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  • Writer's pictureBoat Town

The Differences between an Inboard, Outboard and I/O

Inboard, outboard, and I/O (Inboard/Outboard) are different types of boat propulsion systems. Each has different uses and strengths that are laid out below, along with a basic overview of the engineering.


Inboard

Inboard boats have their engines mounted inside the hull of the boat, typically toward the center or stern. The engine's power is transferred through a shaft that runs from the engine to the propeller, which is located at the exterior of the boat. Inboard boats are known for their smooth and efficient performance, and they are often found in larger vessels like yachts and some sports boats.


Outboard

Outboard boats have their engines mounted externally at the stern of the boat. The engine combines the powerhead (engine), the gearbox, and the propeller into a single unit. Outboard motors are versatile and commonly used in a wide range of boats, from small fishing boats to recreational vessels. They are easy to install, maintain, and offer good maneuverability.


I/O (Inboard/Outboard)

I/O boats are a combination of inboard and outboard systems. They have an inboard engine mounted inside the hull like in inboard boats, but instead of a direct shaft to the propeller, they use a sterndrive unit. The sterndrive unit is mounted outside the back of the boat, combining elements of both inboard and outboard systems. The power from the inboard engine is transferred to the sterndrive, which has the propeller attached to it, providing propulsion. I/O boats are popular for their performance and space-saving design, as the engine is inside the boat, and the sterndrive unit doesn't take up as much space on the transom as an outboard motor.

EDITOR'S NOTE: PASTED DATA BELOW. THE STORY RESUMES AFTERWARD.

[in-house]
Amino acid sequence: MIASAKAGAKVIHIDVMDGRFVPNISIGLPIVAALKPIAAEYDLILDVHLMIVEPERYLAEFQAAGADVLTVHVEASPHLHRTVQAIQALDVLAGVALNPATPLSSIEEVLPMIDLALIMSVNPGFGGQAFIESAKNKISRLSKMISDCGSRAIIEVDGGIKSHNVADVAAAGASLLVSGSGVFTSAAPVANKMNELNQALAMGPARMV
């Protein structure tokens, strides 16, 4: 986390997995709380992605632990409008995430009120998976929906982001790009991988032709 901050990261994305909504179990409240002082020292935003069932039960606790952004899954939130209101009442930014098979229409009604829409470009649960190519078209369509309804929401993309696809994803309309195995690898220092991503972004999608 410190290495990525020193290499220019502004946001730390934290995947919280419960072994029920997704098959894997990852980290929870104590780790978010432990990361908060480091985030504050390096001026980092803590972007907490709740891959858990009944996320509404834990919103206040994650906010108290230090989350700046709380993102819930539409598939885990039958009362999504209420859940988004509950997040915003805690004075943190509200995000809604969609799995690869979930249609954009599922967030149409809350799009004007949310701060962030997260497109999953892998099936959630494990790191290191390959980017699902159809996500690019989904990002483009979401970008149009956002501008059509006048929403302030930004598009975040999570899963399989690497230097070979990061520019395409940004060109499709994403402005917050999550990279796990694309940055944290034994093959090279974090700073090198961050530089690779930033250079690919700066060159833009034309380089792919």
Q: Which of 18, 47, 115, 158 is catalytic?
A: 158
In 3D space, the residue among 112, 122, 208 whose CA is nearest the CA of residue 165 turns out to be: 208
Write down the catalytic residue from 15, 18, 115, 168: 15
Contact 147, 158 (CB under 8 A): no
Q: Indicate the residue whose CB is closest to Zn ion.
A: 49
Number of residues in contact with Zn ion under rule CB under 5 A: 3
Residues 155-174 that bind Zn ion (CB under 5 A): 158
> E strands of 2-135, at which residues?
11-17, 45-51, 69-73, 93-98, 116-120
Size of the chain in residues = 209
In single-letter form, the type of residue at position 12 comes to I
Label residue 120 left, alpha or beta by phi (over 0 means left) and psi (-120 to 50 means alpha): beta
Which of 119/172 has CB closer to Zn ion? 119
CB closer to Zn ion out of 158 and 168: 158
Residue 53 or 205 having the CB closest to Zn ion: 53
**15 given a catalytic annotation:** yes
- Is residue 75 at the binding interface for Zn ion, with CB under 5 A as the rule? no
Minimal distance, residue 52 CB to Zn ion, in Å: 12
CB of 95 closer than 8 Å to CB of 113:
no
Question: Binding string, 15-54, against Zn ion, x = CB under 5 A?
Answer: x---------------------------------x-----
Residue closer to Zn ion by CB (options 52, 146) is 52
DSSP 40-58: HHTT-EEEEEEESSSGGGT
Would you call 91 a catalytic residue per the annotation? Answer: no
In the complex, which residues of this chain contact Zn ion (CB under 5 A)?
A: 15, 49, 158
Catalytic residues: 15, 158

The choice between inboard, outboard, or I/O boats depends on factors like boat size, performance requirements, budget, and personal preference. Each type has its advantages and disadvantages, so it's essential to consider your specific needs and usage before making a decision.


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